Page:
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When the CEO earns 300-times that of the entry-level worker, expect bad decisions from both.

Donald Trump may be aberrant, but his election in 2016 was not an aberration; it was, instead, the logical extension of that one detail of our country that we seem to hold dearest: democracy.

Imagine for a moment Donald Trump rising to power in China. In Thailand. In Turkey or India. Imagine a grifter and thief like that challenging any of those countries' leaders for a position of authority. Or envision Boris Johnson as Prime Minister of Iran. How would that even happen?

And in the unlikely possibility that such a challenge occurred, would (A) Xi Jinping start producing clever political ads to denigrate his opponent and Recep Tayyip Erdoğan begin a skein of stump speeches to rouse the electorate? Or (B) would they, like other authoritarian leaders, squash Trump like a bug and move on with their lives?

The answer is (B), as in bug.

And yet here in our self-proclaimed land of the free, Trump was able to win the presidency, come uncomfortably close to repeating the act, and remain viable to make another attempt in 2024–all under the constraints of a democratic form of government where the people elect their leaders.

And that, of course, is the rub. We know that from history.

After World War I, Germany instituted the so-called Weimar Republic, an attempt at democracy where people also elected their leaders and exercised freedom of speech, assembly, religion, and private property ownership. Then came the American depression, which decimated the German middle class. Newly impoverished, angry, and frustrated, they used their voting power to eliminate any perceived enemies (any "others") and turned toward extremism. The Nazi Party attained a majority in Parliament, and Adolf Hitler was named Chancellor in 1933. He jury-rigged the Parliament to ensure passage of the Enabling Act and passed whatever laws he thought appropriate to purify his country. Dictatorship, genocide, and nearly fifty million dead—all the result of a failed democracy. It didn't take long.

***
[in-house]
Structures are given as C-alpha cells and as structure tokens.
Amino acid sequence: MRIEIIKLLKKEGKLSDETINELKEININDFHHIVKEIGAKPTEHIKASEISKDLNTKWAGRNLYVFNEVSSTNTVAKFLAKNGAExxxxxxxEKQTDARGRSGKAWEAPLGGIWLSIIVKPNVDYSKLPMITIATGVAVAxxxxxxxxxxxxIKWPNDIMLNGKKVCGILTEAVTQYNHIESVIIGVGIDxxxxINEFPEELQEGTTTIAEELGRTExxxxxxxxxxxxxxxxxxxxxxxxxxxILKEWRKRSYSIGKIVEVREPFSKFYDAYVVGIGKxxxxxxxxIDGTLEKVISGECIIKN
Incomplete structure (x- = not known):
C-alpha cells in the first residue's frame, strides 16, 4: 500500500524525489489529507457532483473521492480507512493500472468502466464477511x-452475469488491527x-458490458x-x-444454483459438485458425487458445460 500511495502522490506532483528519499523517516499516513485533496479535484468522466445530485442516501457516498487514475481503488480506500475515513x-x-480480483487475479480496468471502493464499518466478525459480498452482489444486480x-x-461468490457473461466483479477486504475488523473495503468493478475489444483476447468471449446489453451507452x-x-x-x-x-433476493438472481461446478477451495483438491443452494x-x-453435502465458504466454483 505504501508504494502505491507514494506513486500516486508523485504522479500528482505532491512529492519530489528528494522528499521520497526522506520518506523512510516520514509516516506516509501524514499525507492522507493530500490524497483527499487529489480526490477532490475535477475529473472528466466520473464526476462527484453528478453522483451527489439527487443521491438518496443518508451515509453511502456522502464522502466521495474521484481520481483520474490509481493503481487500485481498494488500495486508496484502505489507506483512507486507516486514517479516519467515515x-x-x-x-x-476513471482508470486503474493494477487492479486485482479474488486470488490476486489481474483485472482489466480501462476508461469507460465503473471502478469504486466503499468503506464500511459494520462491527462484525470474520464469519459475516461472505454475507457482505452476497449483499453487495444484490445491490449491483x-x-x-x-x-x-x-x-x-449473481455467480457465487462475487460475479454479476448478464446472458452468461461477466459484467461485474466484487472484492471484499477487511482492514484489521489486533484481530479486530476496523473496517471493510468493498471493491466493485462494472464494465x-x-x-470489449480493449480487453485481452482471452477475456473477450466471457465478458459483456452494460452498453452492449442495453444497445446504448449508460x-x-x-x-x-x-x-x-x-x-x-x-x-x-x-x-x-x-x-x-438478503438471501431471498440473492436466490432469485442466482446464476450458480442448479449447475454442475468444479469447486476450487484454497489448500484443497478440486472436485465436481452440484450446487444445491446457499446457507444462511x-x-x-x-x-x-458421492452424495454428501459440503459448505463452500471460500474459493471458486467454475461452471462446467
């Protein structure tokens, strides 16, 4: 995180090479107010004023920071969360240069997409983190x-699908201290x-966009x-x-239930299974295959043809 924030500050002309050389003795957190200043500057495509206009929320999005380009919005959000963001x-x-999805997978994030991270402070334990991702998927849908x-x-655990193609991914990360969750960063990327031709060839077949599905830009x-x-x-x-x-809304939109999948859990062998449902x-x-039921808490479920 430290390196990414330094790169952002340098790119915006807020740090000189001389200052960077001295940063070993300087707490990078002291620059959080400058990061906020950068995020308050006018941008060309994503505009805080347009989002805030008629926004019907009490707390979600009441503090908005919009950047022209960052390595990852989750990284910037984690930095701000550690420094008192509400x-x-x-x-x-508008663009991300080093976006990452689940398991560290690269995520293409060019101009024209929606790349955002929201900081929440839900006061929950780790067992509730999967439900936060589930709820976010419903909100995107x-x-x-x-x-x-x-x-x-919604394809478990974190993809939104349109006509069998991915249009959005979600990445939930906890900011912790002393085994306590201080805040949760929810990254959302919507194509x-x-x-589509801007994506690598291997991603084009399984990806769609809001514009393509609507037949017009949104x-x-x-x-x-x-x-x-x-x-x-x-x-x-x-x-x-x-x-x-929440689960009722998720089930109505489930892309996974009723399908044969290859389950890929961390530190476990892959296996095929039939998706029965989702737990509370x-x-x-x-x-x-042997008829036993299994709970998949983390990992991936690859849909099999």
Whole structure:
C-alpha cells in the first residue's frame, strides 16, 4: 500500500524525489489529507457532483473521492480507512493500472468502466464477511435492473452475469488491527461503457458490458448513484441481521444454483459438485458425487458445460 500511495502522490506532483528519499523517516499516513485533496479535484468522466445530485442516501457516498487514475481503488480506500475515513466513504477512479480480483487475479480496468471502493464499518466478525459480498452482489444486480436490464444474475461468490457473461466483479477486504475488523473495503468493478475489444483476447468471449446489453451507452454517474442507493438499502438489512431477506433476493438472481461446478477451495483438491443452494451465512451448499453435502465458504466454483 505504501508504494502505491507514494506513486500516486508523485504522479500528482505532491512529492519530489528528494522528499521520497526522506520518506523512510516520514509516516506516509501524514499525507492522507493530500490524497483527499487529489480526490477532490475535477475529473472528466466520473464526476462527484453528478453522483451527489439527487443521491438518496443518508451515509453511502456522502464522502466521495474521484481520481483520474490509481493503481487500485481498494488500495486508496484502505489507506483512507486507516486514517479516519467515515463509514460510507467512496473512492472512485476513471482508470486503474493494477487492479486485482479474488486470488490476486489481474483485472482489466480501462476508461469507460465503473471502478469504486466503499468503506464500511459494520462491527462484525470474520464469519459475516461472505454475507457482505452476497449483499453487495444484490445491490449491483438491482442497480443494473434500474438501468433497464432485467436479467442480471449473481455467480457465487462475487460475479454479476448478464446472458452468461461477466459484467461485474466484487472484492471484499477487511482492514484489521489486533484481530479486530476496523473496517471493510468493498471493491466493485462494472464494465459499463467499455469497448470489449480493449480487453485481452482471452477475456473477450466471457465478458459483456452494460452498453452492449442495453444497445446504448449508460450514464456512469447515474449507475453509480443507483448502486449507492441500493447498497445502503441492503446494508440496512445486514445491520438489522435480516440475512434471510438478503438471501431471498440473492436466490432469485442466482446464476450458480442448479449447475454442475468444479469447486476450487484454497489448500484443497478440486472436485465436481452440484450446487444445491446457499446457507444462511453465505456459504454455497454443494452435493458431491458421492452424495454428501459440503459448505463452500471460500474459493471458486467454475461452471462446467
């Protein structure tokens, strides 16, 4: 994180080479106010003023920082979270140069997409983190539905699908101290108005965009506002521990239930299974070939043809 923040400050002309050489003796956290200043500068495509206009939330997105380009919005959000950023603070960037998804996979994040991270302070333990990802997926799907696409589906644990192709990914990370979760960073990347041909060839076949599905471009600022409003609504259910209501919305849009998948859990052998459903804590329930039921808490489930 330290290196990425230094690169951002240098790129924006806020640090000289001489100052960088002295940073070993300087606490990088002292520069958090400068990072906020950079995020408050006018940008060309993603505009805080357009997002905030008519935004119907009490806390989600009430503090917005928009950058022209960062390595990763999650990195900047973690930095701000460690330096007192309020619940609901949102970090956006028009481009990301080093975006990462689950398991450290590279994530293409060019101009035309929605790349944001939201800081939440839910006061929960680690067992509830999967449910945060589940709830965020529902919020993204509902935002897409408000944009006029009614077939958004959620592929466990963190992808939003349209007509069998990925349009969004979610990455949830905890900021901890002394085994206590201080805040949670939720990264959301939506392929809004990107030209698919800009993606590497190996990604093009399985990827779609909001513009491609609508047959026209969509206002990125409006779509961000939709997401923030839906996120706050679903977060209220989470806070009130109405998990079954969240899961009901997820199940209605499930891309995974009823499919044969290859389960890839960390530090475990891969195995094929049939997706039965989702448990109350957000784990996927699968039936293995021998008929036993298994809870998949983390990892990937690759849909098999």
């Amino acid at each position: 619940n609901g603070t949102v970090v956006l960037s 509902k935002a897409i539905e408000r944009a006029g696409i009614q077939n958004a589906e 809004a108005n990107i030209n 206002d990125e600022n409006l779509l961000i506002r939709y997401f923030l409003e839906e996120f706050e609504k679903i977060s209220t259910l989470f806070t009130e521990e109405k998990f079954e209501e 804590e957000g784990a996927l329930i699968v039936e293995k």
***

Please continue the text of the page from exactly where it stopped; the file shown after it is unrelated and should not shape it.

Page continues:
The parallels to today are unmistakable: in 2016 middle America faced the reality of the election of a Black president, the legalization of gay marriage, and the acceptance of transgender and cisgender as valid adjuncts to our language.

Even more important, corporate profits had reached obscene levels. Prior to the so-called Reagan revolution, the top management position generally earned eight- to ten times what the lowest paid worker in the company earned. By 2016 the factor was no longer eight or ten but 300 or 400. The entry-level $60,000-a-year employee often worked in a company whose CEO earned $20 million.

Socially and economically, the so-called main cog in America's existence, the middle class, had been abandoned. So as with Germany in the thirties, they turned to an extremist—a man with no moral backbone but one who understood their concerns. (It's important to add that Trump understood their concerns but didn't give a damn about them.)

We had become the victims of our own choice of government. We had crowed about our democracy and held ourselves above lesser countries, but then we used those very freedoms to make horrible decisions. Is it any wonder we have devolved to the point where the Supreme Court has begun eroding those freedoms, and we can do nothing but idly watch?

I offer no ready solution here. We have become more socially and environmentally aware, but nothing else will matter until there is recognizable financial equity. We can convince a person who believes in and benefits from democratic ideals that a demagogue like Donald Trump is toxic. But the worker who can barely afford to fill his gas tank while his boss is Net-Jetting to Tahiti is much more challenging to persuade, and he may see the 2016 election as more of a solution than an aberration.

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